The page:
This attitude is politically self-defeating, for voters know when politicians are insulting their intelligence. Howard Dean, chairman of the Democratic National Committee, recently framed the abortion debate in this way: "What we want to debate is who gets to choose: Tom DeLay and the federal politicians? Or does a woman get to make up her own mind?" He also vowed that "we're going to use Terri Schiavo," promising to produce "an ad with a picture of Tom DeLay, saying, 'Do you want this guy to decide whether you die or not? Or is that going to be up to your loved ones?' " Many voters who aren't pro-life absolutists have misgivings about abortion on demand and about the death of Terri Schiavo. By refusing to acknowledge the possibility of thoughtful disagreement or ambivalence, Mr. Dean is giving these moderates an excellent reason to vote Republican.
Curiously, while secular liberals underestimate the intellectual seriousness of the religious right, they also overestimate its uniformity and ambition. The hysterical talk about an incipient "theocracy" as if that is what America was before 1963, when the Supreme Court banned prayer in public schools is either utterly cynical or staggeringly naive.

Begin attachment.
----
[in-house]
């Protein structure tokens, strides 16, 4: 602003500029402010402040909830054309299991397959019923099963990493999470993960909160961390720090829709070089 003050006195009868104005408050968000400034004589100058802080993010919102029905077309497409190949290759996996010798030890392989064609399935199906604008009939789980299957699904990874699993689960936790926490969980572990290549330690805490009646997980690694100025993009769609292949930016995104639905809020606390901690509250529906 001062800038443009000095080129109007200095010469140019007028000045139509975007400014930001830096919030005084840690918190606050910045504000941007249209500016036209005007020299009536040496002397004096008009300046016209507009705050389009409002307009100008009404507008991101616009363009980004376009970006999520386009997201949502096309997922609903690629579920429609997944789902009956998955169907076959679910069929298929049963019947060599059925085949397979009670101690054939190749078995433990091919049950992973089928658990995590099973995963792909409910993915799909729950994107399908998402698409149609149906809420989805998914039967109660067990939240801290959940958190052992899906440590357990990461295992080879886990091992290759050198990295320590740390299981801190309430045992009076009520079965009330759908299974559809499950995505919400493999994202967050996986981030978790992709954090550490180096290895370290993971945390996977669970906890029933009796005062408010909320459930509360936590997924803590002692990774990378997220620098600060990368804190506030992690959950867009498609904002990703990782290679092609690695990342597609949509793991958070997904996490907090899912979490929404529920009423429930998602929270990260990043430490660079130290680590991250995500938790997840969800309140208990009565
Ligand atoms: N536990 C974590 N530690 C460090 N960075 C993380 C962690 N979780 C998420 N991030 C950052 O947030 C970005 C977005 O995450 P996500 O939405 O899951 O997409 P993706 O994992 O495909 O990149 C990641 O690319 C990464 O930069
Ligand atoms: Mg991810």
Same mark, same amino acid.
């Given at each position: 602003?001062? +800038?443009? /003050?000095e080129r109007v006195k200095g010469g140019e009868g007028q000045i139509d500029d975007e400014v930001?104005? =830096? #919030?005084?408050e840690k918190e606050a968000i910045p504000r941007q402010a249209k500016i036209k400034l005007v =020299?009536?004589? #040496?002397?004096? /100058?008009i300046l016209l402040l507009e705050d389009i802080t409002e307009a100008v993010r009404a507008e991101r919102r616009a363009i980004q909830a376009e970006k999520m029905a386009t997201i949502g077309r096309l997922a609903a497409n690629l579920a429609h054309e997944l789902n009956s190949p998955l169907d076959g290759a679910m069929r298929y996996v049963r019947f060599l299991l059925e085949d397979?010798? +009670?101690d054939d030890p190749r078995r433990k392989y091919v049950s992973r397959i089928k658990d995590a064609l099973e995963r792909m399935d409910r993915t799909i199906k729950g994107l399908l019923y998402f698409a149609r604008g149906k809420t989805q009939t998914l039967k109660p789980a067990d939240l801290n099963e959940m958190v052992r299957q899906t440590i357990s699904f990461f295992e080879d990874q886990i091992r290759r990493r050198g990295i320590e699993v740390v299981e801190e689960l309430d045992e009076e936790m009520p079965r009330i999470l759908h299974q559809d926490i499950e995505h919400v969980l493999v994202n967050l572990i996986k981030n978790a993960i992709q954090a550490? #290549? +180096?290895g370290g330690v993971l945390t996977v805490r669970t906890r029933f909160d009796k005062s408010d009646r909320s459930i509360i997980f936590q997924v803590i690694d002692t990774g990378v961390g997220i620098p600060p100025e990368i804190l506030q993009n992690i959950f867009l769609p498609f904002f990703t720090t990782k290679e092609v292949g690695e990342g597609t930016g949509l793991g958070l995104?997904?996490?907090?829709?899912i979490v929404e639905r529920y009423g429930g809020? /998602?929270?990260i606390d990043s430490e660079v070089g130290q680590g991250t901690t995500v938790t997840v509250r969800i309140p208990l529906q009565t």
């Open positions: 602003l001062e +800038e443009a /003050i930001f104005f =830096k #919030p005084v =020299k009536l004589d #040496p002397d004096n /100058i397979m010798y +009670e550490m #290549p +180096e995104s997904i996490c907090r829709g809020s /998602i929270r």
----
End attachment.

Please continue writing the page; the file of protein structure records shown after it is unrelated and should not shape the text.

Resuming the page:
Last week an article in The Nation, a left-wing weekly, described the motley collection of religious figures who gathered for Justice Sunday. A black minister stood next to a preacher with a six-degrees-of-separation connection to the Ku Klux Klan. A Catholic shared the stage with a Baptist theologian who had described Roman Catholicism as "a false church."
These folks may not be your cup of tea, but this was a highly ecumenical group, united on some issues of morality and politics but deeply divided on matters of faith. The thought that they could ever agree enough to impose a theocracy is laughable.
And the religious right includes not only Christians of various stripes but also Orthodox Jews and even conservative Muslims. Far from the sectarian movement its foes portray, it is in truth a manifestation of the religious pluralism that makes America great. Therein lies its strength.
James Taranto. "Why I'm Rooting for the Religious Right." reprint The Wall Street Journal (May 5, 2005).
Mr. Taranto is editor of OpinionJournal.com.
Copyright © 2005
Wall Street Journal